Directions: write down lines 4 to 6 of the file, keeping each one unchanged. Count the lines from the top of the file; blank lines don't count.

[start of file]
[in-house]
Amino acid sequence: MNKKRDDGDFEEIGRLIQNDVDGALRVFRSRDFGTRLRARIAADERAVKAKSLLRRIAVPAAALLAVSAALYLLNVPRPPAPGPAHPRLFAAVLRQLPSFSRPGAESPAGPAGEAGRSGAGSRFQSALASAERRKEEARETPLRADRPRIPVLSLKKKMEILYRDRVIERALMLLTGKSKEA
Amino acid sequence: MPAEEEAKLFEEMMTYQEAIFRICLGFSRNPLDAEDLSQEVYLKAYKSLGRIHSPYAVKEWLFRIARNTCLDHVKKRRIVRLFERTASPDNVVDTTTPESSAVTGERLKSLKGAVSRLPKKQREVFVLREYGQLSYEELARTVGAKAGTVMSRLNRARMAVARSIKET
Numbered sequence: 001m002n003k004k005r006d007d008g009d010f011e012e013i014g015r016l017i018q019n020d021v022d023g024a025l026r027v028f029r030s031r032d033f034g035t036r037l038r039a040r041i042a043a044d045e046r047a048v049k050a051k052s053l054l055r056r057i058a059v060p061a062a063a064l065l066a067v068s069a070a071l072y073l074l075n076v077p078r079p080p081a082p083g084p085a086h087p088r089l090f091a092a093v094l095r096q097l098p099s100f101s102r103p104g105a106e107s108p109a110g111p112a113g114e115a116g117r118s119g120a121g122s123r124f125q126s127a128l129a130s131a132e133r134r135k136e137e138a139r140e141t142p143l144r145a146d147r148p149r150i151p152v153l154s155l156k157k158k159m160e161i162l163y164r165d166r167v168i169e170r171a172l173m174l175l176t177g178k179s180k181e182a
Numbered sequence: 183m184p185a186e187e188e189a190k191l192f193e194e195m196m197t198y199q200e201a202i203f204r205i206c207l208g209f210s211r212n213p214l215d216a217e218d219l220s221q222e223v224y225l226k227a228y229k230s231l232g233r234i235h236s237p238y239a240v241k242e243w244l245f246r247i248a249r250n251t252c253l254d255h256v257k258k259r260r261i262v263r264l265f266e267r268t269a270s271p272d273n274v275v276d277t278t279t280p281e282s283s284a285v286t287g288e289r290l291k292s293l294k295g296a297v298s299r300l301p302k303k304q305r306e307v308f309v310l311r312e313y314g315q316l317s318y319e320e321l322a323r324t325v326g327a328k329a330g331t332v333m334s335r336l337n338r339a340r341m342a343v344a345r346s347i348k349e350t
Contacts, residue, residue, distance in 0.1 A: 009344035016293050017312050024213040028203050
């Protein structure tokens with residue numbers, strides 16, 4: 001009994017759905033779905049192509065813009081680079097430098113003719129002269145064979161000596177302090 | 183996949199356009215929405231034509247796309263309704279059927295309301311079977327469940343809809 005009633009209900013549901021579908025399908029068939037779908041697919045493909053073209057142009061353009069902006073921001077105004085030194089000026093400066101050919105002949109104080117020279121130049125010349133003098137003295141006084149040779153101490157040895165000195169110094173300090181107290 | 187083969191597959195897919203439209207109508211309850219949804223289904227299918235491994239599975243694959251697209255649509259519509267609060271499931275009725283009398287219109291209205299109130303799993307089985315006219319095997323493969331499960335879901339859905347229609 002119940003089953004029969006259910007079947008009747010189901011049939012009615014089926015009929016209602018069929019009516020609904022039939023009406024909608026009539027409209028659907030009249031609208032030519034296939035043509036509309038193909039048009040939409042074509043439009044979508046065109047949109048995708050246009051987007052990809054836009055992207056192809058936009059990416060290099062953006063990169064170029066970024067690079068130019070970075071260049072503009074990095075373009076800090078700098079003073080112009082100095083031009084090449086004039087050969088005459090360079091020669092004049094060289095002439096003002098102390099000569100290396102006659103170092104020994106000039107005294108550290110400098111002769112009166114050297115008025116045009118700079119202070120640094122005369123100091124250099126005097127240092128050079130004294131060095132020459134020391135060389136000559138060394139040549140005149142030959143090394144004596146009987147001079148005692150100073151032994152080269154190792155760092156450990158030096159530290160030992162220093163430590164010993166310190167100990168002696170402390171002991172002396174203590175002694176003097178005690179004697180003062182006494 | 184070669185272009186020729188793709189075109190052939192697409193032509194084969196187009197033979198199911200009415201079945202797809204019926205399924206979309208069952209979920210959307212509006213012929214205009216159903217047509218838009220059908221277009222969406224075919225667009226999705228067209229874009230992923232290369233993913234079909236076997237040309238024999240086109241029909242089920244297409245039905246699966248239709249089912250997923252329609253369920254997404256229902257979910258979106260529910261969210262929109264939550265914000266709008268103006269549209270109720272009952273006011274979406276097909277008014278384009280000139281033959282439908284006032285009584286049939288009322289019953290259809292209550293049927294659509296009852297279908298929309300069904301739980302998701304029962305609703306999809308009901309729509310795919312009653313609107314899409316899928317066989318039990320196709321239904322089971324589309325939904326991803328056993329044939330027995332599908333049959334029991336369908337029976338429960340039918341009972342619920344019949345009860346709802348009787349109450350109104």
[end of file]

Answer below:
Numbered sequence: 001m002n003k004k005r006d007d008g009d010f011e012e013i014g015r016l017i018q019n020d021v022d023g024a025l026r027v028f029r030s031r032d033f034g035t036r037l038r039a040r041i042a043a044d045e046r047a048v049k050a051k052s053l054l055r056r057i058a059v060p061a062a063a064l065l066a067v068s069a070a071l072y073l074l075n076v077p078r079p080p081a082p083g084p085a086h087p088r089l090f091a092a093v094l095r096q097l098p099s100f101s102r103p104g105a106e107s108p109a110g111p112a113g114e115a116g117r118s119g120a121g122s123r124f125q126s127a128l129a130s131a132e133r134r135k136e137e138a139r140e141t142p143l144r145a146d147r148p149r150i151p152v153l154s155l156k157k158k159m160e161i162l163y164r165d166r167v168i169e170r171a172l173m174l175l176t177g178k179s180k181e182a
Numbered sequence: 183m184p185a186e187e188e189a190k191l192f193e194e195m196m197t198y199q200e201a202i203f204r205i206c207l208g209f210s211r212n213p214l215d216a217e218d219l220s221q222e223v224y225l226k227a228y229k230s231l232g233r234i235h236s237p238y239a240v241k242e243w244l245f246r247i248a249r250n251t252c253l254d255h256v257k258k259r260r261i262v263r264l265f266e267r268t269a270s271p272d273n274v275v276d277t278t279t280p281e282s283s284a285v286t287g288e289r290l291k292s293l294k295g296a297v298s299r300l301p302k303k304q305r306e307v308f309v310l311r312e313y314g315q316l317s318y319e320e321l322a323r324t325v326g327a328k329a330g331t332v333m334s335r336l337n338r339a340r341m342a343v344a345r346s347i348k349e350t
Contacts, residue, residue, distance in 0.1 A: 009344035016293050017312050024213040028203050